Next Time I Am Wearing Green!

F/6.3, 1/ 160, ISO 320.

Chipping Sparrow

How do farmers party?

They turnip the beets.

Interesting Fact: The early naturalists had a gift for description you just don’t see anymore. In 1929, Edward Forbush called the Chipping Sparrow “the little brown-capped pensioner of the dooryard and lawn, that comes about farmhouse doors to glean crumbs shaken from the tablecloth by thrifty housewives.” ( https://www.allaboutbirds.org/guide/Chipping_Sparrow/lifehistory )

Relax, We’re All Crazy It’s Not A Competition!

F/10.0, 1/400, ISO 250.

Song Sparrow

Where do polar bears vote?

The North Poll.

Interesting Fact: The Song Sparrow is found throughout most of North America, but the birds of different areas can look surprisingly different. Song Sparrows of the Desert Southwest are pale, while those in the Pacific Northwest are dark and heavily streaked. Song Sparrows of Alaska’s Aleutian Islands chain are even darker, and they’re huge: one-third longer than the eastern birds, and weighing twice as much.  ( https://www.allaboutbirds.org/guide/Song_Sparrow/lifehistory )

 

We Are Not Short, We Are Just More Down To Earth Than Other Birds.

F/5.6, 1/500, ISO 320.

Least Sandpiper

A termite walks into a bar and says, “Where is the bar tender?”

Interesting Fact: The Least Sandpiper is the smallest shorebird in the world, weighing in at about 1 ounce and measuring 5-6 inches long. Males are slightly smaller than females. ( https://www.allaboutbirds.org/guide/Least_Sandpiper/lifehistory )

Life Always Offers You A Second Chance. It’s Called Tomorrow.

F/10.0, 1/400, ISO 250.

Tree Swallow

What did one wall say to the other wall?

Meet you at the corner!

Interesting Fact:  Tree Swallows are highly social, forming large migratory and wintering flocks; and pairs often nest close together, particularly where nest boxes are numerous. Agile fliers, Tree Swallows tend to glide more than any other swallow species. They bathe by flying low over the water and skimming their bodies against the surface, then rising quickly while shaking off droplets. ( https://www.allaboutbirds.org/guide/Tree_Swallow/lifehistory )

Sometimes What You Looking For Comes When You’re Not Looking At All.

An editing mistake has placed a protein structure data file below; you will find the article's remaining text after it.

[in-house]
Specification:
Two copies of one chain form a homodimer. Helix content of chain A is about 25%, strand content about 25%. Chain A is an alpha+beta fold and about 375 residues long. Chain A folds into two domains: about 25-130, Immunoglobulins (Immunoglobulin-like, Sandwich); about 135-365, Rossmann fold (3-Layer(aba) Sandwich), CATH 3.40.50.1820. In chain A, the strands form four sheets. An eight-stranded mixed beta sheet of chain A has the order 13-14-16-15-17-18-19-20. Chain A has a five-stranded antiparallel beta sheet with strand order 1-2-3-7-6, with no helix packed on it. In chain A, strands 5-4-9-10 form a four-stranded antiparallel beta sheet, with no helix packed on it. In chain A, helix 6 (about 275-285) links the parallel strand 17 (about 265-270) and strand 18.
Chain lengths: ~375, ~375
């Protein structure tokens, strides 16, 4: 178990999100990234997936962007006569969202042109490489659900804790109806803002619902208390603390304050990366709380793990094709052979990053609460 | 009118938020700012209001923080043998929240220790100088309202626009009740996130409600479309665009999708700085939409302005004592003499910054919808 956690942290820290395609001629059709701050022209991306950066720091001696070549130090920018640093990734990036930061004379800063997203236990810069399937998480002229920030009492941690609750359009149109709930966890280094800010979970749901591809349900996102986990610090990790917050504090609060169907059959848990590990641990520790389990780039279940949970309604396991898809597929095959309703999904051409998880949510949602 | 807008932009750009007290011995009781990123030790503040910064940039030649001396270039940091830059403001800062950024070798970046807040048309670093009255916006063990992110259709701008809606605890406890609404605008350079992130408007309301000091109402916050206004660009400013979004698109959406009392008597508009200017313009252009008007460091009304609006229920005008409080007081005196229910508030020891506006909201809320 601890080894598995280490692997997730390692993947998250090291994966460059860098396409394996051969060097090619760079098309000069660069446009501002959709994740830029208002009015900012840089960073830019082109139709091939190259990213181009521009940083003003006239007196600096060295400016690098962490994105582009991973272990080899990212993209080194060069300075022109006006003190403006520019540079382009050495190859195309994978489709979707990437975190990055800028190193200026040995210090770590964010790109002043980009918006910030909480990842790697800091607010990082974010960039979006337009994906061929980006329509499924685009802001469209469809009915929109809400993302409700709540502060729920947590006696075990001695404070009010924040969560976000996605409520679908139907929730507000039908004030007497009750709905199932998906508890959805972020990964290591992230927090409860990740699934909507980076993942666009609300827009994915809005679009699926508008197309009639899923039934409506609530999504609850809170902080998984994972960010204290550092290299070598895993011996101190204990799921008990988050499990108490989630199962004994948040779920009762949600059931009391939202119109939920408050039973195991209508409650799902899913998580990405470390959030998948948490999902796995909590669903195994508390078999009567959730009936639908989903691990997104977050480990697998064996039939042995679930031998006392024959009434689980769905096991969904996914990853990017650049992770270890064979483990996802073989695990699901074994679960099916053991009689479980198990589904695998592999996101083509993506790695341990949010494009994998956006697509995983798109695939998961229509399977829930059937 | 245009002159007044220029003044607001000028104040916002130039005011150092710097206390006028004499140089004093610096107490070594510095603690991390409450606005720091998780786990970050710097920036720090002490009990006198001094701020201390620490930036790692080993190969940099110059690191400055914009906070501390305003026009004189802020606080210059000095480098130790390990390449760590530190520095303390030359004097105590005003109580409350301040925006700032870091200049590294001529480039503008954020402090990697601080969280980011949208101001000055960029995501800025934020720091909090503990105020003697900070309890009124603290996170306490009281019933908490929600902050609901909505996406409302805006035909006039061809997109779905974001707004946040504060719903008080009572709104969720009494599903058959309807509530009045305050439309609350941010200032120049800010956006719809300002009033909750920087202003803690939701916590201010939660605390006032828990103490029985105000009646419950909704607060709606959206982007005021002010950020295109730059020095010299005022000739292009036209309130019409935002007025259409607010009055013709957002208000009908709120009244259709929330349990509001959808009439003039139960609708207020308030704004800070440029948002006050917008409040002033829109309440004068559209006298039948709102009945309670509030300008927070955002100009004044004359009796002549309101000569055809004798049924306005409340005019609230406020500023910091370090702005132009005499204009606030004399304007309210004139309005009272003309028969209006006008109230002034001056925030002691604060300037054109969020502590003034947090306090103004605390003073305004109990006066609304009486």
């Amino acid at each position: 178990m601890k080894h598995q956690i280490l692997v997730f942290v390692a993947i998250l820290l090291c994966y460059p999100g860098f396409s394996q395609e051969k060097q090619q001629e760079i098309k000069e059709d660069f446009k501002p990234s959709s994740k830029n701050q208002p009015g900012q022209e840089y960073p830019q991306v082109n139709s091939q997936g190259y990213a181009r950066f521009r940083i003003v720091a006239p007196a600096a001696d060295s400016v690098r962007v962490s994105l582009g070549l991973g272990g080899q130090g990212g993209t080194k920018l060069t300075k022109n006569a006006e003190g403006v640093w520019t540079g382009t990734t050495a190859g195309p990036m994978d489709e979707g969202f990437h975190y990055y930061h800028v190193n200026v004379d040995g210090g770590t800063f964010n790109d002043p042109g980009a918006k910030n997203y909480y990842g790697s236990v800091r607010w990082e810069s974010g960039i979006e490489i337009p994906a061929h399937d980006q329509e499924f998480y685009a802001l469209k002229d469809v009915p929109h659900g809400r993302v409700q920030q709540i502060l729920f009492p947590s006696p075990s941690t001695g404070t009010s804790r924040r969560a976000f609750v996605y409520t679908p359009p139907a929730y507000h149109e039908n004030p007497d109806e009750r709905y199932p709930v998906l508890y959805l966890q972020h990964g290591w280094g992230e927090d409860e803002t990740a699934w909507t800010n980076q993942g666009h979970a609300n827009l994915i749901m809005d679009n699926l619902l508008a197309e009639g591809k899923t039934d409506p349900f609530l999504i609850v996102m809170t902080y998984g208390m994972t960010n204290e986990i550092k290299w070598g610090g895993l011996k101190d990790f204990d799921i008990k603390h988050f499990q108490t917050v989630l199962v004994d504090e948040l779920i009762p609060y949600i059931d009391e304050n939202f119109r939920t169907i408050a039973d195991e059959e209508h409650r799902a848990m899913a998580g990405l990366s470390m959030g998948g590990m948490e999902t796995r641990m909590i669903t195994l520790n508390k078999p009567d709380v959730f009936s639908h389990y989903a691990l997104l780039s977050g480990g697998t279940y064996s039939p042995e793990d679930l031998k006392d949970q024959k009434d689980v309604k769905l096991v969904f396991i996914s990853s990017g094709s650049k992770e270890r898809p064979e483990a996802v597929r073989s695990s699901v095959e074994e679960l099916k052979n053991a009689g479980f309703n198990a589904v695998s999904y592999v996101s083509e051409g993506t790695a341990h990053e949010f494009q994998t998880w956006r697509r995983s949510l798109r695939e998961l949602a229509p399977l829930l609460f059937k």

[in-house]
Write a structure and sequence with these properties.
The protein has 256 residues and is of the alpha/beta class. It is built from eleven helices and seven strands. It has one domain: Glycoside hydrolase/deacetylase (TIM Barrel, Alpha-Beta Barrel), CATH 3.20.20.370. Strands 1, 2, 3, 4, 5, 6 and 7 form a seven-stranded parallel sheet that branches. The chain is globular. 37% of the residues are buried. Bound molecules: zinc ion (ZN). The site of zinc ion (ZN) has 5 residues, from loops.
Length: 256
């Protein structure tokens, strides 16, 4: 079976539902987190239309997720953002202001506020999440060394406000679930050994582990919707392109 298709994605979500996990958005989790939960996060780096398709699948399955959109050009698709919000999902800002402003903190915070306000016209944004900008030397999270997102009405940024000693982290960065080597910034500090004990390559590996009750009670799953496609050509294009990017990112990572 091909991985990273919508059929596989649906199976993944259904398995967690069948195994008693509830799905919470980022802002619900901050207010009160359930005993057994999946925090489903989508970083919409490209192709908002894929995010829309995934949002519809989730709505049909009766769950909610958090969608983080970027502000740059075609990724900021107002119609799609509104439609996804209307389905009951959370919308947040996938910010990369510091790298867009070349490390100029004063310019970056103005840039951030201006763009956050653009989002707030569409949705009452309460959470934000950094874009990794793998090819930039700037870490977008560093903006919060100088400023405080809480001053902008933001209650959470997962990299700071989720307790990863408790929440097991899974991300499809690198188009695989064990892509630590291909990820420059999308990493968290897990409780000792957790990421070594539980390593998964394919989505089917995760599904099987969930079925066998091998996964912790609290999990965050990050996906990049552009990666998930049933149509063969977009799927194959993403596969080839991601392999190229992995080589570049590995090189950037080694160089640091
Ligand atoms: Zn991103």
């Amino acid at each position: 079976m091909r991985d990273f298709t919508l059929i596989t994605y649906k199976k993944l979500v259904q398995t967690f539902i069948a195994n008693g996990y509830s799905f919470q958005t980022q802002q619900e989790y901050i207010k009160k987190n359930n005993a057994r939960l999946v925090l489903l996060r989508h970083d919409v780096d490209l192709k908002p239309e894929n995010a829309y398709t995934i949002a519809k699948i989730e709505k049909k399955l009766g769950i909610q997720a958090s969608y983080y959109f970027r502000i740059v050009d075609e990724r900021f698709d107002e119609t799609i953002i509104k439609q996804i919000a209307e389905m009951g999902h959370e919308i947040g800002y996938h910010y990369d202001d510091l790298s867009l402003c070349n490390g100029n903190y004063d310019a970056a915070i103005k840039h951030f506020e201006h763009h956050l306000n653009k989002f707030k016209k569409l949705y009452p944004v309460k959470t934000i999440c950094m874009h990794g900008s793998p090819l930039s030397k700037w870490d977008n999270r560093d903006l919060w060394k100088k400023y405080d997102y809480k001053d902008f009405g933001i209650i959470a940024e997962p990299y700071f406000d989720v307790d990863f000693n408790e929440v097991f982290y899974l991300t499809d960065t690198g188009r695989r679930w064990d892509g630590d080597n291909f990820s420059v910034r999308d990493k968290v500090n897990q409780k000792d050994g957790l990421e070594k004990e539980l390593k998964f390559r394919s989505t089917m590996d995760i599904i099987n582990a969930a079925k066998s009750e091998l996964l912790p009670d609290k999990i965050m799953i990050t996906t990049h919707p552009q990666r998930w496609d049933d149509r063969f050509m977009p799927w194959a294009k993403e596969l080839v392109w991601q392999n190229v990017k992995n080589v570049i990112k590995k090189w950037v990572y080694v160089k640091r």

F/5.6, 1/2000, ISO 500.

Semipalmated Plover 

How do trees get online?

They just log on!

Interesting Fact: They are migratory and winter in coastal areas of the southern United States, the Caribbean and much of South America. They are extremely rare vagrants to western Europe, and have been found in Tierra del Fuego and the Isles of Scilly.[4] Their true status may be obscured by the difficulty in identifying them from the very similar ringed plover of Eurasia, of which it was formerly considered a subspecies. ( https://en.wikipedia.org/wiki/Semipalmated_plover )

 

I’m Sick Of Following My Dreams, Man. I’m Just Going To Ask Where They’re Going And Hook Up With ’em Later.

F/7.1, 1/200, ISO 320.

Palm Warbler

Why couldn’t Dracula’s wife get to sleep?

Because of his coffin.

Interesting Fact: The Palm Warbler, unlike most warblers, spends a lot of time walking on the ground and bobbing its tail as it goes—an obvious trait whether the bird is on the ground or perched in a tree or shrub. Despite its affinity for the ground it also forages and sings from taller trees and shrubs. It sometimes sallies out to grab an insect from a low shrub or tree like a flycatcher. ( https://www.allaboutbirds.org/guide/Palm_Warbler/lifehistory )

 

 

And It Was All Yellow!

F/7.1, 1/200, ISO 250.

Ruby-crowned Kinglet 

Why did the boy take a ladder to school?

It was a high school.

Interesting Fact: Ruby-Crowned Kinglets make their nests in trees, occasionally as high up as 100 feet. Females choose a nest site near the tree trunk or suspended from small twigs and branchlets. Because of the nest site’s height and often remote location, not much is known about kinglet nesting habits. Their nest sites, chosen by the females, are protected and often hidden by overhanging foliage. ( https://www.allaboutbirds.org/guide/Ruby-crowned_Kinglet/lifehistory )

 

 

Roses Are Red And I Am Blue

F/6.3, 1/60, ISO 250.

Blue Jay

Why did the girl bring lipstick and eye shadow to school?

She had a make-up exam!

Interesting Fact: The pigment in Blue Jay feathers is melanin, which is brown. The blue color is caused by scattering light through modified cells on the surface of the feather barbs. ( https://www.allaboutbirds.org/guide/Blue_Jay/lifehistory )

You Make Me Happy When Skies Are Grey

F/ 6.3, 1/125, ISO 500.

Yellow Warblers

How do birds fly?

They just wing it!

Interesting Fact: The nests of the Yellow Warbler are frequently parasitized by the Brown-headed Cowbird. The warbler often builds a new nest directly on top of the parasitized one, sometimes resulting in nests with up to six tiers. ( https://www.allaboutbirds.org/guide/Yellow_Warbler/lifehistory )

Hey Autocorrect! Quit Tampering With My Curse Words, You Mother Forklift!

F/5.6, 1/100, ISO 640.

Bananaquit

Why did the fly fall off the toilet?

It got pissed off.

Interesting Fact: The bananaquit is known for its ability to adjust remarkably to human environments. It often visits gardens and may become very tame. Its nickname, the sugar bird, comes from its affinity for bowls or bird feeders stocked with granular sugar, a common method of attracting these birds.[19] The bananaquit builds a spherical lined nest with a side entrance hole, laying up to three eggs, which are incubated solely by the female.[4] It may also build its nest in human-made objects, such as lampshades and garden trellises. The birds breed all year regardless of season and build new nests throughout the year. ( https://en.wikipedia.org/wiki/Bananaquit )